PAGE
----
Every day, we teach students who have been targets and perpetrators of sexual misconduct. As stories of sexual harassment and assault continue to fill our news feeds, we have the chance to engage in candid conversations with our students about the ways our culture normalizes sexually exploitative behavior, the forces at work that silence survivors, and the pervasive language that demeans and objectifies human beings as sexual objects. This is one of the great teachable moments of our time.
First, we must explain the role power plays in widespread sexual assault and harassment. Sometimes it is the power of being older. Other times, it is the power of being bigger and stronger. Or more popular. Or wealthier. Or more credible. No matter the source, an imbalance of power is always central to sexual violence.
The use of a power imbalance to target someone sexually crosses identity lines. Approximately 9 percent of rape and sexual assault survivors are men. And, according to the Human Rights Campaign, “around half of transgender people and bisexual women will experience sexual violence at some point in their lifetimes.”
For my part, as an educator who identifies as a straight, cisgender man, I am increasingly concerned about the role sexism plays in the sexual violence sown into our collective history. And I want to focus on the ways in which men can help turn the tide of misogyny and rape culture.
Language surrounding rape culture and sexual assault and harassment often presents these issues as “women’s issues.” That’s a problem. Jackson Katz has a great TED Talk about this concept in which he outlines why the root of the problem will never be successfully addressed as long as we view it that way. It is a talk every educator should watch and think about carefully. While the statistics support the fact that more women are targets of sexual violence than men, Katz points out that boys and men are survivors as well. It’s important that young people know this fact.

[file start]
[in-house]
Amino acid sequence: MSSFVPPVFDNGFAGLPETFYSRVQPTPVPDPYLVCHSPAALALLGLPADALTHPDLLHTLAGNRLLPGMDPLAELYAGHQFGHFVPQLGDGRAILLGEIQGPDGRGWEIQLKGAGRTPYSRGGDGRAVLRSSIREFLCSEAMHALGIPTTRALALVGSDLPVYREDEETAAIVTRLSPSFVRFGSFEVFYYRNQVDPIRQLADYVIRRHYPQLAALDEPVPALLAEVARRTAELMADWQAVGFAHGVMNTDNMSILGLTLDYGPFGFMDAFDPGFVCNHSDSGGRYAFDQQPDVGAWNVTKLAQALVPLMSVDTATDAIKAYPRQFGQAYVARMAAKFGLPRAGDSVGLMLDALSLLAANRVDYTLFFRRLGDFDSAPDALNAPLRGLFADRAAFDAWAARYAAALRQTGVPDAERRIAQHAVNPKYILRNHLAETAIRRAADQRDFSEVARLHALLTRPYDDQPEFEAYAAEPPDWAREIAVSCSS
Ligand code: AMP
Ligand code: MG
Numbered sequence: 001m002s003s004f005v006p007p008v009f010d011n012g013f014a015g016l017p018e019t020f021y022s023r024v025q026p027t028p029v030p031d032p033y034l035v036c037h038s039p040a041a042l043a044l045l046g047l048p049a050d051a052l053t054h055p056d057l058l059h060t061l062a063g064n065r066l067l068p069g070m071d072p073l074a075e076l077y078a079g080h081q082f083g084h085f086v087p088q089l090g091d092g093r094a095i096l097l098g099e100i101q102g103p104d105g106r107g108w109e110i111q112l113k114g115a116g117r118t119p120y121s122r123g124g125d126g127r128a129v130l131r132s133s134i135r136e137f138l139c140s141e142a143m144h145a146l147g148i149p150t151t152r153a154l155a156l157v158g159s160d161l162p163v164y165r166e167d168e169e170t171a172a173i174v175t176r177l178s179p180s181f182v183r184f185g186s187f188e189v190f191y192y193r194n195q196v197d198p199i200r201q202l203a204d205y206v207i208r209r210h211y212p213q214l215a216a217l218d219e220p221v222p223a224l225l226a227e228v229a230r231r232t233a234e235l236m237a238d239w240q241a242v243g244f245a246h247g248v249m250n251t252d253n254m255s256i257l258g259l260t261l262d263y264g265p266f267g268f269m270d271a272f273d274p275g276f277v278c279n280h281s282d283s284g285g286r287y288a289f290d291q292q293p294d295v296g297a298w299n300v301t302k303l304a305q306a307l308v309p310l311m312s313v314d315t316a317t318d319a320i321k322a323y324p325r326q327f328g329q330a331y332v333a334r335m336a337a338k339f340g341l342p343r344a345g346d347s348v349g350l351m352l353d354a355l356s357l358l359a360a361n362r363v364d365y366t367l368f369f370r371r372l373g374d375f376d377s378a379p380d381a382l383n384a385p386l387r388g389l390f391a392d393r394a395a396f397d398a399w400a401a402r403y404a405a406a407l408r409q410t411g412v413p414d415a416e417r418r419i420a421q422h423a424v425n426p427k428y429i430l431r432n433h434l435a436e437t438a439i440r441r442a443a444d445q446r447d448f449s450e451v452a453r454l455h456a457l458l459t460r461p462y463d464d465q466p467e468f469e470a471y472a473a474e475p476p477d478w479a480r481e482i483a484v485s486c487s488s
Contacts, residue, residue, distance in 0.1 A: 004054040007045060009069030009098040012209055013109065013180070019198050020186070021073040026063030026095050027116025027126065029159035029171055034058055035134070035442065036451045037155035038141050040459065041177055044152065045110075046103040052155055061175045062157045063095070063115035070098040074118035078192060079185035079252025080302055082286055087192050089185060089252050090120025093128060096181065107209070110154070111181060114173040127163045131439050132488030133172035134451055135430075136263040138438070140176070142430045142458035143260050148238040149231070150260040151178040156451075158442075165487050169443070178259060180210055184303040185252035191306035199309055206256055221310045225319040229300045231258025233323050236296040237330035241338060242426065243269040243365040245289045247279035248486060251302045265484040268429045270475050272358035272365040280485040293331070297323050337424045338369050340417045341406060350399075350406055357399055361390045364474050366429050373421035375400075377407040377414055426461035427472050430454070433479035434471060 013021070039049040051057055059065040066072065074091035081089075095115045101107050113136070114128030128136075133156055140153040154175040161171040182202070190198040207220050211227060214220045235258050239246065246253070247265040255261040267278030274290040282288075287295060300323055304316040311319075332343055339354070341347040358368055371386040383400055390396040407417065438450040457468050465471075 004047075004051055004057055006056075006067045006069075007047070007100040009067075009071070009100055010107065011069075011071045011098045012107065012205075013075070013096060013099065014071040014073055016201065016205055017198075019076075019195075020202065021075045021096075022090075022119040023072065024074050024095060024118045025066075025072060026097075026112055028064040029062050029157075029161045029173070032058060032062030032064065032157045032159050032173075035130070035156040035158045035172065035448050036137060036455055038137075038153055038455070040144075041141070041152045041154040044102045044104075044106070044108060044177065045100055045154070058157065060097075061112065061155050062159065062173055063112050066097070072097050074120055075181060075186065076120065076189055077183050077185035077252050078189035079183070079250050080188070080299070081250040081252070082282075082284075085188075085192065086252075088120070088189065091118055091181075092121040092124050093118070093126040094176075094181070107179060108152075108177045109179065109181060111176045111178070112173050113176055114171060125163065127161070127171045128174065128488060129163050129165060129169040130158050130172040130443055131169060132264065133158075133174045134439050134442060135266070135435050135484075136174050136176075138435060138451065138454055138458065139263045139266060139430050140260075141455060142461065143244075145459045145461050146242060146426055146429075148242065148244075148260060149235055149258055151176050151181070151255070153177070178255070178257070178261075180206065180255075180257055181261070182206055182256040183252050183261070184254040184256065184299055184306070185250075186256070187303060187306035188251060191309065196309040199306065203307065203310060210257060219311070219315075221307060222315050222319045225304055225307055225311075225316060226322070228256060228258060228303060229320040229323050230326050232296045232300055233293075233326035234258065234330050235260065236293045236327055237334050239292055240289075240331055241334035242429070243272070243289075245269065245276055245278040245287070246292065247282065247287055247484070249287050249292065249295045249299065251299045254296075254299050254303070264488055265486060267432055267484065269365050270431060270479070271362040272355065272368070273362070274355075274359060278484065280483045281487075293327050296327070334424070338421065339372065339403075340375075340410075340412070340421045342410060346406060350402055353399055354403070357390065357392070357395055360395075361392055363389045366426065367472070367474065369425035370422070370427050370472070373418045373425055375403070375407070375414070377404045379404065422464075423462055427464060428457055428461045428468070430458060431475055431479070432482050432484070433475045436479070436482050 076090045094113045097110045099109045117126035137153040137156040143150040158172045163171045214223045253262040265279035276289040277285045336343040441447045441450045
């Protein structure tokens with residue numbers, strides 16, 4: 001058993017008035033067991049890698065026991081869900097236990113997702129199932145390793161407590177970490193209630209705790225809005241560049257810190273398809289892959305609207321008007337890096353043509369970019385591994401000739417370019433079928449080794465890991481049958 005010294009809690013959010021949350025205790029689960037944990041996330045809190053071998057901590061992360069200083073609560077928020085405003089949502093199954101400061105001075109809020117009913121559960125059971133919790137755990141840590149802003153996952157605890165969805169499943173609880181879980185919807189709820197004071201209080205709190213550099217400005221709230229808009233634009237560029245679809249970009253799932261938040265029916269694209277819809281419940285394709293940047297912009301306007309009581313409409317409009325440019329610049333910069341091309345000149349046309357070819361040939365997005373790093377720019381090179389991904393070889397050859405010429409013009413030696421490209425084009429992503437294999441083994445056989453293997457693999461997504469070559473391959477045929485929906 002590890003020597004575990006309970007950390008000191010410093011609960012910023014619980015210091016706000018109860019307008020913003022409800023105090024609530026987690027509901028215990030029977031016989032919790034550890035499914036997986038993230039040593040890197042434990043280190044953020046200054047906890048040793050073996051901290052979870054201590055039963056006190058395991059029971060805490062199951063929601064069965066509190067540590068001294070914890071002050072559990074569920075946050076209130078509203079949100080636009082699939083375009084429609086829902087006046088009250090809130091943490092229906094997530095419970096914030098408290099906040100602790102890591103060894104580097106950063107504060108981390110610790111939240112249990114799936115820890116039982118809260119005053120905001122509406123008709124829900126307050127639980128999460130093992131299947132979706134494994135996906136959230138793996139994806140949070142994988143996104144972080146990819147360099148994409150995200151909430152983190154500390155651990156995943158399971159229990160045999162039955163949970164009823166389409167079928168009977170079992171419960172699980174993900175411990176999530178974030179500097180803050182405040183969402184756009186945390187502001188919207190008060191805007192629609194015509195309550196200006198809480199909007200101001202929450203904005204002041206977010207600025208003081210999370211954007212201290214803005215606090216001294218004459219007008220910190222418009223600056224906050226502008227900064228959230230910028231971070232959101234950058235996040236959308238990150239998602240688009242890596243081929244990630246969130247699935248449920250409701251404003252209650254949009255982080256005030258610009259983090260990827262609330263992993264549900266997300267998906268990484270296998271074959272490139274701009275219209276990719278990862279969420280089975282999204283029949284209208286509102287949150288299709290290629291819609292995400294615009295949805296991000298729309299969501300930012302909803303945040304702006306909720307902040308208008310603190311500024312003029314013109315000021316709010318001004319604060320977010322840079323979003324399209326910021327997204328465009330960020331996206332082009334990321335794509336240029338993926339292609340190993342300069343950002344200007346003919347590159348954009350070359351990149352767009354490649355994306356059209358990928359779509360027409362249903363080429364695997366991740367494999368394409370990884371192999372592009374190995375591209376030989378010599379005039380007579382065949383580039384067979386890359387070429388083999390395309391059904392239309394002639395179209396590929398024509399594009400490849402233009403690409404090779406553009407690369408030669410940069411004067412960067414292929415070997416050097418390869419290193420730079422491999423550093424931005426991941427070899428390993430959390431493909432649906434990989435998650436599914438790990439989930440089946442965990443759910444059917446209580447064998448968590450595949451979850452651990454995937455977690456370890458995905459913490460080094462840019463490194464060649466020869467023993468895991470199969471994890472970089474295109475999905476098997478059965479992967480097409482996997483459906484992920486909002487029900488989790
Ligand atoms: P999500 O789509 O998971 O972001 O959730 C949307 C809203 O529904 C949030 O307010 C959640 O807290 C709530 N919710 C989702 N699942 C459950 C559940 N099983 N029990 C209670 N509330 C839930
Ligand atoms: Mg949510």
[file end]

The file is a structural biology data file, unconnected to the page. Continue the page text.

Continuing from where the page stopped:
Men are also largely the perpetrators of sexual assault and harassment against women, and must play an active and vocal role in addressing the issue. Perhaps the easiest way to do that is by identifying sexually predatory language and behavior and speaking out against it. School-age boys are flooded with messages that objectify women, demean them as sexual objects meant to be a source of entertainment, and encourage the idea that sex is somehow linked to conquest. As educators, we need to speak out against this message.
What this means in daily practice is having lots of formal and informal conversations with students. All over high school hallways, teens make comments that isolate body parts in a dehumanizing narrative that has bounced along school corridors for generations. We must encourage them to see that parts of people’s bodies are not sexual objects offered à la carte for their taking, but that they belong to people. Teenagers often use pronouns that ignore their antecedents: “I would hit that” or “I would like to get some of that.” We need to humanize the subjects of this often-unwanted and unsolicited attention. People are not objects, but our language often implies they are.
This is a topic of unspeakable complexity and, often, unspeakable horrors. Still, we must speak. We must speak about what we are reading in the news cycle and about what acceptable language and interaction sound and look like. We must challenge the social norms that objectify people as playthings who exist to satisfy sexual urges. We must challenge the language that dissects people into their component parts. We must challenge each and every comment we hear and gesture we witness. We must exert our influence to make this kind of behavior unacceptable—and model for students how to intervene when they see or hear it.
Knoll is a writer and English teacher at a public school in New Jersey.